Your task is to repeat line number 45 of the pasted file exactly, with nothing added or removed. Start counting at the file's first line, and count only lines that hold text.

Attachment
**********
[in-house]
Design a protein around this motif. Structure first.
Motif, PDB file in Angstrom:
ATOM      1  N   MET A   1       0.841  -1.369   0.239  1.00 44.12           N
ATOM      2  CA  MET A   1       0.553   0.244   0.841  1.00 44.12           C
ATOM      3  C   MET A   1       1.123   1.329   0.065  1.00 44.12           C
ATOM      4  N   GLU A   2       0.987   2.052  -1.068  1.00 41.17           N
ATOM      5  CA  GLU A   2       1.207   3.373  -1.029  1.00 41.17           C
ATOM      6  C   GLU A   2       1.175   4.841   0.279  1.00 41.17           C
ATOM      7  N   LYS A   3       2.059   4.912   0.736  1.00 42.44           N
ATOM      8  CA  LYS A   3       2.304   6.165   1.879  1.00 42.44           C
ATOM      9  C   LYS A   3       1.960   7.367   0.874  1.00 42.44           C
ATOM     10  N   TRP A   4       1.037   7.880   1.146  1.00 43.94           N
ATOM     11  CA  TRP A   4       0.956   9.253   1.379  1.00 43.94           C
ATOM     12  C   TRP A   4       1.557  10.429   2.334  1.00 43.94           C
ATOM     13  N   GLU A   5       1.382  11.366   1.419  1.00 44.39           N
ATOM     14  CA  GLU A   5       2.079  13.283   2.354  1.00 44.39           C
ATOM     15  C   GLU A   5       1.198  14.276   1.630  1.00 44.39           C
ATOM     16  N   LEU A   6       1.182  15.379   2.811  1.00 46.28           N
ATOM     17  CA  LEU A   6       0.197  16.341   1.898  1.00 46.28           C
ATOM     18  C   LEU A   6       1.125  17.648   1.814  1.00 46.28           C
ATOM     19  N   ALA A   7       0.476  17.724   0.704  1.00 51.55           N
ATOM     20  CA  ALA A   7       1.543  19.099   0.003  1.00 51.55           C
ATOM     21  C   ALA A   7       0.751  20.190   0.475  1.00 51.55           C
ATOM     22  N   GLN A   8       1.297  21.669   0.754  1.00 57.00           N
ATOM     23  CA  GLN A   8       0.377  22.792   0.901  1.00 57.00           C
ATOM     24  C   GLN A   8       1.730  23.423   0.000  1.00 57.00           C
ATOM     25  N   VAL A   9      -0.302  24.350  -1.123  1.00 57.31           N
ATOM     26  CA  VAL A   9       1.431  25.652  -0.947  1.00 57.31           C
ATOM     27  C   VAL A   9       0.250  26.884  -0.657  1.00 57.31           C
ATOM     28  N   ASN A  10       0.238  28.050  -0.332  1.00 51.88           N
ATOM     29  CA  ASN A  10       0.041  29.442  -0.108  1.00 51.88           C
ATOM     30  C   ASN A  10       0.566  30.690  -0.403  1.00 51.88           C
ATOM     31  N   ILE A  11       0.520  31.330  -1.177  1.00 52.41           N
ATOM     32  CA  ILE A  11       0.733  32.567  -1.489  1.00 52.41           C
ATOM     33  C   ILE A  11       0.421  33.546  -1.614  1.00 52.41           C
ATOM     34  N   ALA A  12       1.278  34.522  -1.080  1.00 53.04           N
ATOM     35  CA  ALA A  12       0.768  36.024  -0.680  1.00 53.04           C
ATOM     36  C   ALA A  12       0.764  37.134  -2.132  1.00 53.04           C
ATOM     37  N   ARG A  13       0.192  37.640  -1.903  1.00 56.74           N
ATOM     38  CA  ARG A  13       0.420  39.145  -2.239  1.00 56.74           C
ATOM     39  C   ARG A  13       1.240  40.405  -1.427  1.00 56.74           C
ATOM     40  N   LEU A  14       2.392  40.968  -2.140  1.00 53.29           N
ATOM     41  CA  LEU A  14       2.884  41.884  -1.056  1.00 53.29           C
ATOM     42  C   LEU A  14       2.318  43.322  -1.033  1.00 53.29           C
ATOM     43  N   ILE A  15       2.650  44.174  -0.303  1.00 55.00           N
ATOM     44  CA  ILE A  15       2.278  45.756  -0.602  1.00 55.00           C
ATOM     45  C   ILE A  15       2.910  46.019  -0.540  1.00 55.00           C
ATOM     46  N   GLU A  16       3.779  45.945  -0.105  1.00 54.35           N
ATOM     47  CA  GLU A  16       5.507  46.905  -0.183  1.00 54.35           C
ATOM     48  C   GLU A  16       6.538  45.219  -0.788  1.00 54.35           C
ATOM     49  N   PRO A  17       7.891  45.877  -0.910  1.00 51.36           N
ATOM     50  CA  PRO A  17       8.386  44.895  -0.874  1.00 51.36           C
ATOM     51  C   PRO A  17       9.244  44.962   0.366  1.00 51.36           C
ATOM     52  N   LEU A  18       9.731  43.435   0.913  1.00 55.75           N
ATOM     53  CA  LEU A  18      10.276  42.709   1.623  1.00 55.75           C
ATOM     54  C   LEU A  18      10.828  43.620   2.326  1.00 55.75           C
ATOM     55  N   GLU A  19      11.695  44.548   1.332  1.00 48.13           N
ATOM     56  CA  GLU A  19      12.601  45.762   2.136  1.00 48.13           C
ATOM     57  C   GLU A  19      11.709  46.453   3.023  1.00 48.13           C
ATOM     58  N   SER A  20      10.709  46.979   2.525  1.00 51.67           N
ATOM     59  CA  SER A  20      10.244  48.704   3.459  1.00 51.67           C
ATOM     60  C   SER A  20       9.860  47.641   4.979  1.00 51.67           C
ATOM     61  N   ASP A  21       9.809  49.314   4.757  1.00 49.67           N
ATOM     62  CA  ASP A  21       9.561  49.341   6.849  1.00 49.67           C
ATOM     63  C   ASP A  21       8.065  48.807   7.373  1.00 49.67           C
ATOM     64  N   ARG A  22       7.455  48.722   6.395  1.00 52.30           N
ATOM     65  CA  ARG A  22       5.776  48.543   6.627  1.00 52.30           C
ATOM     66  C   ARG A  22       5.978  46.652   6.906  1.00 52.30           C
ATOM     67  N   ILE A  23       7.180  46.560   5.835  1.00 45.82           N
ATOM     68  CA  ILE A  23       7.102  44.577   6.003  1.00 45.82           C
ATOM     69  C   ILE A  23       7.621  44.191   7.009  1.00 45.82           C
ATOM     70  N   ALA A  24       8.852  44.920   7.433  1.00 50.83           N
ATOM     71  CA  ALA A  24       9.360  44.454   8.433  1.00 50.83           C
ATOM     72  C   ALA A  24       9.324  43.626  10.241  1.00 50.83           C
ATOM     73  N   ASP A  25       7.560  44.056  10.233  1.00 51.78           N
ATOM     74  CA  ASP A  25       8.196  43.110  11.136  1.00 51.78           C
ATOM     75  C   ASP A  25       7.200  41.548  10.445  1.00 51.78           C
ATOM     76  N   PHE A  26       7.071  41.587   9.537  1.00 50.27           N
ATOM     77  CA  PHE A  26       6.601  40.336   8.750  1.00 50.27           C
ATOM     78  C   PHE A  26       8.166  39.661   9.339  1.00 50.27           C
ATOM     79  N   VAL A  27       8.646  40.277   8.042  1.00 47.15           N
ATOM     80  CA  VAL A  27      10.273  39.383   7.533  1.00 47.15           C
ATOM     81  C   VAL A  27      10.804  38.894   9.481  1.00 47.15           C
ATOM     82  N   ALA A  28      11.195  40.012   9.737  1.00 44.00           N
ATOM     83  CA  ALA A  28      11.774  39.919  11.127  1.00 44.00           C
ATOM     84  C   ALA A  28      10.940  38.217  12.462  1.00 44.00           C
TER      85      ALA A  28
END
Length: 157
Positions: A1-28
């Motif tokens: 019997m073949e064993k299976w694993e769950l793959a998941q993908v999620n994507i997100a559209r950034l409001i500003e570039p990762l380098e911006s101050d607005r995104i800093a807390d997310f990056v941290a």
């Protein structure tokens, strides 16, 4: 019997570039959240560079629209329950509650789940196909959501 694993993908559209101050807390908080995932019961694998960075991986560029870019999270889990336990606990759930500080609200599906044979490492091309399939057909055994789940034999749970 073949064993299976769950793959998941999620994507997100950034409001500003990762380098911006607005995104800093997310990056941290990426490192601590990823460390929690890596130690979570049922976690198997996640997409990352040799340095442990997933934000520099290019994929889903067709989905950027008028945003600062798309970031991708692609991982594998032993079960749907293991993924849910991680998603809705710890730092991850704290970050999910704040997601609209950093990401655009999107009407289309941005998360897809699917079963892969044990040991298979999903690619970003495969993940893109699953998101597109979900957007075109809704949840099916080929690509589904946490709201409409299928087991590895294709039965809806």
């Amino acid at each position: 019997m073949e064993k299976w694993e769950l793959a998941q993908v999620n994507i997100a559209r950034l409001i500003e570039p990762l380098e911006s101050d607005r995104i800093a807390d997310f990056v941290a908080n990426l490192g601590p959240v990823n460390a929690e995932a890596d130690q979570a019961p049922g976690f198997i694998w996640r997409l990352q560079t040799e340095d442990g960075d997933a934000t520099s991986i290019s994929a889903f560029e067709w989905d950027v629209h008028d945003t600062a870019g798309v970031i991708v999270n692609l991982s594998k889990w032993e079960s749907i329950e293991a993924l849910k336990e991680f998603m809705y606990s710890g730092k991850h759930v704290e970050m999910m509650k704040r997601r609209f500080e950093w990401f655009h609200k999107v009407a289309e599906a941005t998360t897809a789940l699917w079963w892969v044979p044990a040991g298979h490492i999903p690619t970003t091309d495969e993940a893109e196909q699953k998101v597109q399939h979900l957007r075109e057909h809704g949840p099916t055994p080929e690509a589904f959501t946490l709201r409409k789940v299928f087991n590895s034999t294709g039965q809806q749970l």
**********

ATOM     42  C   LEU A  14       2.318  43.322  -1.033  1.00 53.29           C